Definition of blatant in English:

blatant

Syllabification: bla·tant
Pronunciation: /ˈblātnt
 
/

adjective

Derivatives

blatancy

Pronunciation: /ˈblātnsē/
noun
More example sentences
  • Given the various attempts, with increasing blatancy, to cook the upcoming election, I am reminded of an old comment on elections.
  • He sees the weakness of the administration as being in its blatancy, yet this is testimony only to its strength.
  • One thing that could be a bit off-putting is that he uses a great deal of harsh language and blatancy, which can often be offensive.

Origin

late 16th century: perhaps an alteration of Scots blatand 'bleating' It was first used by Spenser as an epithet for a thousand-tongued monster produced by Cerberus and Chimera, a symbol of calumny, which he called the blatant beast. It was subsequently used to mean 'clamorous, offensive to the ear', first of people (mid 17th century), later of things (late 18th century); the sense 'obtrusive to the eye, unashamedly conspicuous' arose in the late 19th century.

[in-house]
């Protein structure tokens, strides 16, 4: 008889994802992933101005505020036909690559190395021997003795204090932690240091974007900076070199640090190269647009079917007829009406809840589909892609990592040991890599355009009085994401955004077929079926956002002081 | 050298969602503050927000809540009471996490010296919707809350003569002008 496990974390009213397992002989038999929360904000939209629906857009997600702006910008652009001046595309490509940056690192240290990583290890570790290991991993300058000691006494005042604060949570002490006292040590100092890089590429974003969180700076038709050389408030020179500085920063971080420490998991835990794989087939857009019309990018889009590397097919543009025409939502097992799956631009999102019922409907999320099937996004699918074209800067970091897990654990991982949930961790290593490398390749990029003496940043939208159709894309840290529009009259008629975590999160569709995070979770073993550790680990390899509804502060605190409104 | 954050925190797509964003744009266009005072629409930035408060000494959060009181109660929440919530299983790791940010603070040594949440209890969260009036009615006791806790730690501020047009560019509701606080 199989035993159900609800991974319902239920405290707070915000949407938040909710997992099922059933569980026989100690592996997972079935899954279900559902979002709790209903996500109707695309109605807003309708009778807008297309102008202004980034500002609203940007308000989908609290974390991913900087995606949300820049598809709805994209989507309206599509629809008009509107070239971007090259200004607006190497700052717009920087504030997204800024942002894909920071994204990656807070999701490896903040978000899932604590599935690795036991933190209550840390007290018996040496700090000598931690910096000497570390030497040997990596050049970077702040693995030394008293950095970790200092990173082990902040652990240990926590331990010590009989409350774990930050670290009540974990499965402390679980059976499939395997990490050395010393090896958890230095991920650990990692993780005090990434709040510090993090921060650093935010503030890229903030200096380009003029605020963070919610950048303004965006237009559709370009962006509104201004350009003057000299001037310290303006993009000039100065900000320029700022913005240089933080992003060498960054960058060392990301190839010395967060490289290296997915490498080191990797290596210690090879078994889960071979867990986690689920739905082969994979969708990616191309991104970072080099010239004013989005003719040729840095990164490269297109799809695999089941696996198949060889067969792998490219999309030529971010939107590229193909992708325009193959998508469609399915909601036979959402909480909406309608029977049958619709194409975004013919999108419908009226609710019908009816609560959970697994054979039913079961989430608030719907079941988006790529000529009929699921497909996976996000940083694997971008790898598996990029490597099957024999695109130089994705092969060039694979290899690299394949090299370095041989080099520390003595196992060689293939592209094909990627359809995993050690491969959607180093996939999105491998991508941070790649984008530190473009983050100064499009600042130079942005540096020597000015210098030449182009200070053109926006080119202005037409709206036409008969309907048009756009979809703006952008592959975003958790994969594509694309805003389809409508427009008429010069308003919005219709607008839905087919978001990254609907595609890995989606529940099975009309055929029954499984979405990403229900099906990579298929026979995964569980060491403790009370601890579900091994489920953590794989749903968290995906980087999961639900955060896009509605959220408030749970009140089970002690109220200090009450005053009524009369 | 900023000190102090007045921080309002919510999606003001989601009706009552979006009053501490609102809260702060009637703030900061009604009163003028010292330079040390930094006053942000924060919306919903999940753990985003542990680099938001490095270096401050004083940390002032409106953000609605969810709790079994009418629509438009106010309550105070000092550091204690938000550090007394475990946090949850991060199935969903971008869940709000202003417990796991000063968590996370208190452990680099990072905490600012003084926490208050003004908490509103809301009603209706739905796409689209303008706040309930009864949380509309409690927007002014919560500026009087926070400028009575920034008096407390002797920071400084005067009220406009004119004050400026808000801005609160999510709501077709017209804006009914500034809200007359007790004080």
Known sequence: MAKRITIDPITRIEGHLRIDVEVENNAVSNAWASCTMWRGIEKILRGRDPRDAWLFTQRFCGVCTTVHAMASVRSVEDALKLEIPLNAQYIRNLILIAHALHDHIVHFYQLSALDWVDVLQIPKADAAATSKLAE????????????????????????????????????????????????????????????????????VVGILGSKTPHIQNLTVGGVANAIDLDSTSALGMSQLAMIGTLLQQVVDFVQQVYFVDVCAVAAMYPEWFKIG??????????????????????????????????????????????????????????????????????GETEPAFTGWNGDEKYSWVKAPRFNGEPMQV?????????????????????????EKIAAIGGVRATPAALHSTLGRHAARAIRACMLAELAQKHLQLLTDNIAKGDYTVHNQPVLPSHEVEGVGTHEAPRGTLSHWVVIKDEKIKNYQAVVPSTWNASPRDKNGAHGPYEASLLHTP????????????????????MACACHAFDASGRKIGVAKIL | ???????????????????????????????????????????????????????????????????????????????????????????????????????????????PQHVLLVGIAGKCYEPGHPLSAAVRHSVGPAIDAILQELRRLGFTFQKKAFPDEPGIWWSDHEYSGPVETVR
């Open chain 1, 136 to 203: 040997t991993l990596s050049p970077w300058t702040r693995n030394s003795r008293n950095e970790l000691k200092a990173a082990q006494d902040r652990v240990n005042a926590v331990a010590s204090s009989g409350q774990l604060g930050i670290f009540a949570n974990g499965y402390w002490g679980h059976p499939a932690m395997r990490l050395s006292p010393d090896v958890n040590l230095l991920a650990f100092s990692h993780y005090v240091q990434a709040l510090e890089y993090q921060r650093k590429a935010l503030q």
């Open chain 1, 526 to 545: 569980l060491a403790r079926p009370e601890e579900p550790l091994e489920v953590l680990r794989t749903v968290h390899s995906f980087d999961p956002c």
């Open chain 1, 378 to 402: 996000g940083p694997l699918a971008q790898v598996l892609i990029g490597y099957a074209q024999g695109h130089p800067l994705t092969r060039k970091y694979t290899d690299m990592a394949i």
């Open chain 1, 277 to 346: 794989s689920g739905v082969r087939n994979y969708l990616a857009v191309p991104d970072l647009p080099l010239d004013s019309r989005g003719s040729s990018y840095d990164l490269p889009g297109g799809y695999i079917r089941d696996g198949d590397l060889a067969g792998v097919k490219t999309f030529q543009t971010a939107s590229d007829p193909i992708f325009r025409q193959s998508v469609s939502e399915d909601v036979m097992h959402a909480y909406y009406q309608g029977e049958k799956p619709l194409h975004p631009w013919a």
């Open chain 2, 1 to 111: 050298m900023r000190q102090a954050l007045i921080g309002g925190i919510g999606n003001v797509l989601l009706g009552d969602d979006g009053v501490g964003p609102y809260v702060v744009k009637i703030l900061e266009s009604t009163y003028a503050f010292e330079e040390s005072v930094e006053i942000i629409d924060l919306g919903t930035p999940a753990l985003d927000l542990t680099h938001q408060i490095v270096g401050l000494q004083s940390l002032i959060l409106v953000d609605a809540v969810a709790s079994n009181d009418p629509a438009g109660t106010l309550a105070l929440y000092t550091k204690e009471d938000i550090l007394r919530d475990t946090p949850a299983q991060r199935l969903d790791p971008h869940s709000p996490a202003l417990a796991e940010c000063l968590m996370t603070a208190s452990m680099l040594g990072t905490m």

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Pronunciation: məˈlôrd
noun
used to address an English nobleman